How Addiction May Be Affecting Your Sleep
Sleep is a necessary bodily function that contributes to many restorative processes that are linked to memory, cognition, and mental health. When an individual suffers from addiction, no matter the substance, it can have drastic effects on their ability to fall asleep and stay asleep. For substance abusers that are going through detox, this may also result in insomnia, commonly accompanied by odd dreams or persistent sleep interruptions. In an effort to mitigate sleeping issues that an addict may experience during withdrawal, this article outlines how substance dependencies may cause sleep troubles, and how you can naturally encourage more restful sleep patterns.
Depressants vs. Stimulants
Although some people seek the help of depressants like alcohol or benzodiazepines when trying to fall asleep at night, these types of substances may actually do more harm than good. Using depressants to induce sleep will ultimately make it more difficult for you to fall asleep on your own, and build-up a tolerance that can leave you at-risk for dependence. Alcohol in particular has negative effects on sleep patterns, as it reduces REM sleep, and increases the chance of night sweats, sleep disturbances, and nightmares.
Stimulants have a different effect on sleep and wakefulness, as they increase alertness and reduce feelings of tiredness. Those that struggle with cocaine and amphetamine addictions, alongside other stimulating drugs, are likely to have issues with insomnia and hypersomnia as a result of their stimulus intake. Long-term use of these substances can decrease REM sleep, likely causing the person to feel less rested the next day, and potentially reducing their overall cognitive functioning. When a person’s brain is too active, it will be rather difficult to fall asleep, which is often the case with addiction in individuals that heavily rely on stimulants.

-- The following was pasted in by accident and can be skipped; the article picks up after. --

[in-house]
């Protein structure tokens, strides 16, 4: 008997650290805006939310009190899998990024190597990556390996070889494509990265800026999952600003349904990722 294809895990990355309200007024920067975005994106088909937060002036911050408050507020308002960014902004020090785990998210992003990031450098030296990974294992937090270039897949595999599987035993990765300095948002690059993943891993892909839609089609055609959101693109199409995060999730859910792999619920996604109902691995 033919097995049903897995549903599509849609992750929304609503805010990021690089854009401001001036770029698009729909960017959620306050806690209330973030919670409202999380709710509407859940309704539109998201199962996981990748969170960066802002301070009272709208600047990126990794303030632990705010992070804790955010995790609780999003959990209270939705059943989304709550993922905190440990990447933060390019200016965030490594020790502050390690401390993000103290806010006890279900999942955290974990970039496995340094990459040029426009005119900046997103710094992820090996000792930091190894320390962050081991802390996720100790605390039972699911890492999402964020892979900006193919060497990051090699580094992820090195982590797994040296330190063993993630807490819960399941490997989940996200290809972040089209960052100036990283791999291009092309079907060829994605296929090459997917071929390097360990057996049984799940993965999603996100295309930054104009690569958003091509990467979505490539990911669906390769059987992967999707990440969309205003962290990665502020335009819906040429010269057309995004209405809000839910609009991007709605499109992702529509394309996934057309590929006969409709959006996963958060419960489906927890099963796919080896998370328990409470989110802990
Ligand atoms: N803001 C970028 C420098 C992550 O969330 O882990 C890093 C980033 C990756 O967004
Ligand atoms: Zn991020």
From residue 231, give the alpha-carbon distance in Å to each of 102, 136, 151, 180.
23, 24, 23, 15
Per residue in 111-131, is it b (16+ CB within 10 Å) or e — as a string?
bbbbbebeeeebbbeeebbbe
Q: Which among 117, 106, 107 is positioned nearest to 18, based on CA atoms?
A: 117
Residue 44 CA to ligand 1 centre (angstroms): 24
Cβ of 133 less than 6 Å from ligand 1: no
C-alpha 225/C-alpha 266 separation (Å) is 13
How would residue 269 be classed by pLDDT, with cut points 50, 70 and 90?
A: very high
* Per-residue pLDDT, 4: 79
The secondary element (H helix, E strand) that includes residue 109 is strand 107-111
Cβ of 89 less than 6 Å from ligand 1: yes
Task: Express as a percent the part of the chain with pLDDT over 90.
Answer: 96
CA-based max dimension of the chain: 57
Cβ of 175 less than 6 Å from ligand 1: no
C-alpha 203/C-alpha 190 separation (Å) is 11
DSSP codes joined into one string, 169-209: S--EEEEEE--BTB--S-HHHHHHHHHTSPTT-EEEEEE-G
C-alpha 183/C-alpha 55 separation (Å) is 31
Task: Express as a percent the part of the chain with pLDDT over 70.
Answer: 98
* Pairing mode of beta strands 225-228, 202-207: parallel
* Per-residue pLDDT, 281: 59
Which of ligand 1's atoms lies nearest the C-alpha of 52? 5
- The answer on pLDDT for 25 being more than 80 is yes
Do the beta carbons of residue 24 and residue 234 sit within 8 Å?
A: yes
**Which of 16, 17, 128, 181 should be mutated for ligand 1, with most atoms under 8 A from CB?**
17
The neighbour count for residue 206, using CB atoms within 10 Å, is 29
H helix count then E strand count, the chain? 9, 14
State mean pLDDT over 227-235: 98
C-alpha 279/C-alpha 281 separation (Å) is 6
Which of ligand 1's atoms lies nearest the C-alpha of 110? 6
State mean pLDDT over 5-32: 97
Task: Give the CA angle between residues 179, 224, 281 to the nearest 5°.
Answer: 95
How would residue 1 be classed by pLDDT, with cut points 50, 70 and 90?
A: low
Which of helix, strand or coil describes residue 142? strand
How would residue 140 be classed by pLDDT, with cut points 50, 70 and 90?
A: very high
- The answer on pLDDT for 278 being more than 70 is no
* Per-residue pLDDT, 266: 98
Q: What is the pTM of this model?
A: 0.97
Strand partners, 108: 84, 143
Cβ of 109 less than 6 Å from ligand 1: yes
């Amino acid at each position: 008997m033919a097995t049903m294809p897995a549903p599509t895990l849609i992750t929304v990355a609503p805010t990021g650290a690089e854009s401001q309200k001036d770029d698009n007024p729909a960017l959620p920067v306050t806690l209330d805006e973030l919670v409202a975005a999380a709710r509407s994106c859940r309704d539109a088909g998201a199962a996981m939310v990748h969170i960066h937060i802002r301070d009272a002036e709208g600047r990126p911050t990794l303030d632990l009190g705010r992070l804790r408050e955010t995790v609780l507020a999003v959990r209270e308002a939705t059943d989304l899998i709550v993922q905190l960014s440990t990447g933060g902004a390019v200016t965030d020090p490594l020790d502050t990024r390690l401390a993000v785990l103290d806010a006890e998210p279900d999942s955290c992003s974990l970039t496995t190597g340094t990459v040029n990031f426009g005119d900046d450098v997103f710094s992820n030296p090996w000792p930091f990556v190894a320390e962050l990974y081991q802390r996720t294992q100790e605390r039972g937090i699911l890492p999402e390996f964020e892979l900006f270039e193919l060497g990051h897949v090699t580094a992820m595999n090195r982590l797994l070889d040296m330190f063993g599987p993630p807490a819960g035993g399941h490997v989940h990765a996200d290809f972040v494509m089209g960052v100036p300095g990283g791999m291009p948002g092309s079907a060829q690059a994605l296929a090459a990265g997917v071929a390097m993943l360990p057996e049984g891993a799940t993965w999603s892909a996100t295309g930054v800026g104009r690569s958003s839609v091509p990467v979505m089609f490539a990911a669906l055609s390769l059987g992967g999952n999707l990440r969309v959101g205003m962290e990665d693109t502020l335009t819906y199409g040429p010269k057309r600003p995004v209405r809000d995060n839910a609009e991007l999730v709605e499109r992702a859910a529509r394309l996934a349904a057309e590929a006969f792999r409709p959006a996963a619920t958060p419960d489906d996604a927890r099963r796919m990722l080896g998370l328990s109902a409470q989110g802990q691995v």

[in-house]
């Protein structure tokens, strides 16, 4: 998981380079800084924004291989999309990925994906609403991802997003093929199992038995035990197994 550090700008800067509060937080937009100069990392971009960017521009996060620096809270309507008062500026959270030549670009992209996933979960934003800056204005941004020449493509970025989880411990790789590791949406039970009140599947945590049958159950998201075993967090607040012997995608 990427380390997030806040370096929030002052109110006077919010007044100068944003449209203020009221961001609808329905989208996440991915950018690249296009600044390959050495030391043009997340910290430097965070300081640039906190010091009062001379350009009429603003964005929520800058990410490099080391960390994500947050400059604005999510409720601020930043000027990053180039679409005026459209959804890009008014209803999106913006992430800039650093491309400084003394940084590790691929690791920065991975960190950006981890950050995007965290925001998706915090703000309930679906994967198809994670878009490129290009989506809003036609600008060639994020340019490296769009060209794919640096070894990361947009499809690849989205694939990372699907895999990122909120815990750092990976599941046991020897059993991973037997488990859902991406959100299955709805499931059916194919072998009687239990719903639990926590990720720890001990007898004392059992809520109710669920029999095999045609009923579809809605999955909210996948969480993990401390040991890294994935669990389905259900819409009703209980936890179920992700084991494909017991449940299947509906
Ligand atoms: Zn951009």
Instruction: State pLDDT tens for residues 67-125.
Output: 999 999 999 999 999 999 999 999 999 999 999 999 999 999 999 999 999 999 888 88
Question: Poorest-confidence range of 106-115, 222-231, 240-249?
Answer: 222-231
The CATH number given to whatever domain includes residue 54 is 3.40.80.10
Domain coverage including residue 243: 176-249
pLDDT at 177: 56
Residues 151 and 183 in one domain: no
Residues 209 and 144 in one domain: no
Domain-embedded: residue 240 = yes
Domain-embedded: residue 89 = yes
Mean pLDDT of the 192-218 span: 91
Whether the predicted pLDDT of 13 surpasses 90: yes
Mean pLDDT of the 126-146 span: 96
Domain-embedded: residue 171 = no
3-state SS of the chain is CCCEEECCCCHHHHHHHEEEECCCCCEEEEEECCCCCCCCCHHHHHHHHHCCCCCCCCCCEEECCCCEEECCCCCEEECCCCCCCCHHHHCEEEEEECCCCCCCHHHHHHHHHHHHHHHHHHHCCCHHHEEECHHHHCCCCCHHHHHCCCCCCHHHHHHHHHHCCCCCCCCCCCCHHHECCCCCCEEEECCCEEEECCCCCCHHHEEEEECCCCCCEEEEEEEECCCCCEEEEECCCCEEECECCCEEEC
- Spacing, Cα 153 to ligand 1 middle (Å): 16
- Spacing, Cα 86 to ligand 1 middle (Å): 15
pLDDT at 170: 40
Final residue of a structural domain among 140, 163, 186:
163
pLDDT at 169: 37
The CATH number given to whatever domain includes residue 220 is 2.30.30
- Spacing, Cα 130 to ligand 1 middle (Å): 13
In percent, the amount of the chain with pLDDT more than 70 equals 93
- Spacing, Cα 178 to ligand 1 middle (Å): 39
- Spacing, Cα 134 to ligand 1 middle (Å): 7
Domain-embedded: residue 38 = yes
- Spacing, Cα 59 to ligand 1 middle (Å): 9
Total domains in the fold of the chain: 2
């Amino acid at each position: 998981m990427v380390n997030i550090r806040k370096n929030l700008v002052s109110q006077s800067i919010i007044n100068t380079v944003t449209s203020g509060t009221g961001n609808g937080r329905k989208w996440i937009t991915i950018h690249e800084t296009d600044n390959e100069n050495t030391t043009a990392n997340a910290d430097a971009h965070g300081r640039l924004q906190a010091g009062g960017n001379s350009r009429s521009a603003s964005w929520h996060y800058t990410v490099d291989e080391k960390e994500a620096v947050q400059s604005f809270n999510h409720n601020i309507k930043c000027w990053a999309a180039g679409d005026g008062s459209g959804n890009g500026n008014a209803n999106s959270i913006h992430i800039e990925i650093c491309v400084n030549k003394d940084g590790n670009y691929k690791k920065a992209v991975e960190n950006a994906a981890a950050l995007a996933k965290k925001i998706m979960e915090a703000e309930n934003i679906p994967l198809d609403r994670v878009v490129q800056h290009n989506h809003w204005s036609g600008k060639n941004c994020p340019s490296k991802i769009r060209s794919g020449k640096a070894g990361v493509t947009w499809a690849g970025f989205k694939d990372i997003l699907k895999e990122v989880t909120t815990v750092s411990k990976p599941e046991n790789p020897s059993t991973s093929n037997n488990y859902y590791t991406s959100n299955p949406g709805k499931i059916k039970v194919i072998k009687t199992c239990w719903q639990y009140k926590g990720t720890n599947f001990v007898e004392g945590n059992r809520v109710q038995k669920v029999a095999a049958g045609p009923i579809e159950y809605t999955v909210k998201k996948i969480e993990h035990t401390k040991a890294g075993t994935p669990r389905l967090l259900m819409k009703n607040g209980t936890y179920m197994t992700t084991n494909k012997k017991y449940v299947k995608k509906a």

How to naturally promote sleep
While addiction and detox may drastically alter your sleep cycle, implementing healthy coping methods are the first step to getting a restful night of sleep.
- Avoid sleep medications, as your body may become reliant on these nighttime aids in order to fall asleep. If this occurs, it also may prolong your recovery period, and make it more difficult to achieve a healthy sleep habit on your own.
- Exercise can also induce a better night’s sleep by reducing overall feelings of stress, anxiety, and arousal, which sometimes may be the root cause sleep disorders like insomnia.
- Try new sleep promoting techniques, like aromatherapy or CBD oil, which may aid in relaxation and quality rest. Particularly, the scent of lavender is commonly used as a natural sleep aid to enhance deep sleep.
- Reduce intake of common stimulants like caffeine, especially after 2 pm. After this time, the chances of the caffeine throwing off your sleep schedule increase, and may keep you awake at night.
- Distance yourself from natural and artificial light (from phones, televisions, computer screens, etc.) at least an hour before attempting to go to sleep. Light affects our biological clocks, which may alter our sleep-wake cycle. When your eyes are exposed to light, your brain perceives that it is not dark yet, which can delay the release of sleep-inducing hormones like melatonin and increase the amount of time it takes you to fall asleep.